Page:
We get practically giddy over here at Fierce whenever someone in the mainstream media truly understands and puts together a truthful, coherent story about EMRs. Thus, kudos are in order for Marshall Allen of the Las Vegas Sun for his recent piece about the cost and benefits of EMRs, the federal stimulus and the experiences of two Sin City practices.
Southwest Medical Associates, a 250-physician group affiliated with Nevada's largest private health insurer, has been paperless since 2008 after a four-year, $5 million EMR implementation, and has already recouped the expense in drug savings alone and likely prevented many errors.
The process, of course, is much more difficult for a small, low-margin, primary-care practice like that of Dr. Tony Alamo (if that's not a name made for Vegas, I don't know what is). His three-physician practice saved on software by agreeing to test a system being developed by a cardiologist friend, but still spent $30,000 on hardware, the Sun reports. Alamo, 45, has had to overcome 20 years of practicing with paper charts, a process he calls "cumbersome" and "difficult," but still refers to it as "my comfort zone." Now, he pulls up records on a computer and shares the information with patients on monitors in each exam room.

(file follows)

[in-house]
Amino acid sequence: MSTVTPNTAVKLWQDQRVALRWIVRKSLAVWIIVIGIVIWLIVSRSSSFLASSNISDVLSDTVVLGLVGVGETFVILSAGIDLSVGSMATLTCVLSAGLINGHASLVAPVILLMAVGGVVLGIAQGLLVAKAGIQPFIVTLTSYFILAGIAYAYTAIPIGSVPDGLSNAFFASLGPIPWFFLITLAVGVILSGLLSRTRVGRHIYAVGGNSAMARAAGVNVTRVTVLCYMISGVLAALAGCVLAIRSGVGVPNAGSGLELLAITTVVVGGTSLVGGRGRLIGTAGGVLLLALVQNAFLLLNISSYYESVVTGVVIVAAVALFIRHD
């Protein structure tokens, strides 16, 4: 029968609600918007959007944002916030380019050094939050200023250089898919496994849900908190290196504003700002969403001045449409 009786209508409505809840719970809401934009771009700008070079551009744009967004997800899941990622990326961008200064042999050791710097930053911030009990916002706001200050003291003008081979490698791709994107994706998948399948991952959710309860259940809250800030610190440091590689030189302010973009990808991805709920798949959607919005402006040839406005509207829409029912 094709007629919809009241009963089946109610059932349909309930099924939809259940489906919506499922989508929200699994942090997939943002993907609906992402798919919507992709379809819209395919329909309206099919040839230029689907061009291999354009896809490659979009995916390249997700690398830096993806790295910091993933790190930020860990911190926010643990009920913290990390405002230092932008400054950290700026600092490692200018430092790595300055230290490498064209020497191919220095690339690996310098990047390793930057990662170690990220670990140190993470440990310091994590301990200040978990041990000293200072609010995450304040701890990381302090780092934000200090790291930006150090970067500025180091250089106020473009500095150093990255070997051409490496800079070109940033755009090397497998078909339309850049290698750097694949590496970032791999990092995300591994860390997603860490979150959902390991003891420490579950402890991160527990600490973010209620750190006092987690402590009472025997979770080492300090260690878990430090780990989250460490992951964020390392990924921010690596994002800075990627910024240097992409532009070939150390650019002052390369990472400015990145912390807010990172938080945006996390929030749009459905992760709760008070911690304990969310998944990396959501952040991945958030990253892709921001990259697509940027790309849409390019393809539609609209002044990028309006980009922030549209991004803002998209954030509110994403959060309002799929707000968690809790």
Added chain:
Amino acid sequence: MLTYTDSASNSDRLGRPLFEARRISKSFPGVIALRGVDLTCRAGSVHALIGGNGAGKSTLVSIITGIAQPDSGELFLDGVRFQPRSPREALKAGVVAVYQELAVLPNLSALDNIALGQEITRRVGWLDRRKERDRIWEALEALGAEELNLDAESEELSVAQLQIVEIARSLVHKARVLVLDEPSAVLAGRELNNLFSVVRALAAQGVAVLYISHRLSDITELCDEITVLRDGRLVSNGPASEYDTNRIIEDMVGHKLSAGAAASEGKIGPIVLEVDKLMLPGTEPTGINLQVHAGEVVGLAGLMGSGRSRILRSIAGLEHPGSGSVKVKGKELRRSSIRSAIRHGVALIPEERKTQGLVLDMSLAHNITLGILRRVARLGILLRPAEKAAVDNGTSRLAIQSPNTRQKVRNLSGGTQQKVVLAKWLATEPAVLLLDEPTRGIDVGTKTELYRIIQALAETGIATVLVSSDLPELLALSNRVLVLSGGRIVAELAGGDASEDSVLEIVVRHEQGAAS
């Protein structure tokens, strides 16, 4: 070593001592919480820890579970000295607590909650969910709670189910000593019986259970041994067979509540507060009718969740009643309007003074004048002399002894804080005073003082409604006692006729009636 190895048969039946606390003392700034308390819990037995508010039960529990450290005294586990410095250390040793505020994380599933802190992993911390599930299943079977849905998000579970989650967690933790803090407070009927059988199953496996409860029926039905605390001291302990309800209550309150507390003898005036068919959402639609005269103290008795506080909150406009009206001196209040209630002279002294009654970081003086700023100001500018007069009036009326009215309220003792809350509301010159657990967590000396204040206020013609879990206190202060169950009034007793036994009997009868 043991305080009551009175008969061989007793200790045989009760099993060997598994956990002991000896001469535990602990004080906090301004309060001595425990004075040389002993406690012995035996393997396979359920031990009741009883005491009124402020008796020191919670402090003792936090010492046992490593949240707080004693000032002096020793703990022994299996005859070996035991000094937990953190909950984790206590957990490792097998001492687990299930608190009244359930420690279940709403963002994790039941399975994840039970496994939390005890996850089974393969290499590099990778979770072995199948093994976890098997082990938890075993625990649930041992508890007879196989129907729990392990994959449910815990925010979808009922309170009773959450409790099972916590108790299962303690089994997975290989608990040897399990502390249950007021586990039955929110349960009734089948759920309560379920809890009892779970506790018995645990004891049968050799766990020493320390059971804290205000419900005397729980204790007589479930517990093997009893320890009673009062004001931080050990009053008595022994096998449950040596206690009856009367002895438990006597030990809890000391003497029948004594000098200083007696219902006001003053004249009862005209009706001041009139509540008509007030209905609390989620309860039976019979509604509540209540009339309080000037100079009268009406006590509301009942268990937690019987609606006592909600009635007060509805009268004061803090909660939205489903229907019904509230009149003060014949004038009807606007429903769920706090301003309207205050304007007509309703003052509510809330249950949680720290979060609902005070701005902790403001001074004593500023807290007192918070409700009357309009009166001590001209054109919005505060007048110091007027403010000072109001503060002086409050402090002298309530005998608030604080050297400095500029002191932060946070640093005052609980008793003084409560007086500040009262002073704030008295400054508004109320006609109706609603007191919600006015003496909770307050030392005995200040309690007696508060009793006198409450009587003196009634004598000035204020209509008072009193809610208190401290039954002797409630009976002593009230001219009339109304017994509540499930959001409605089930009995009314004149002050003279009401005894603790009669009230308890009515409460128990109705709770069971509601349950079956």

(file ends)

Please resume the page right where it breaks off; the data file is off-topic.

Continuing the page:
If a mid-career, primary-care doctor in a small practice can make the switch even before the federal stimulus, there's got to be hope for the hundreds of thousands of other physicians that still tote around manila folders, right?
- check out this Las Vegas Sun piece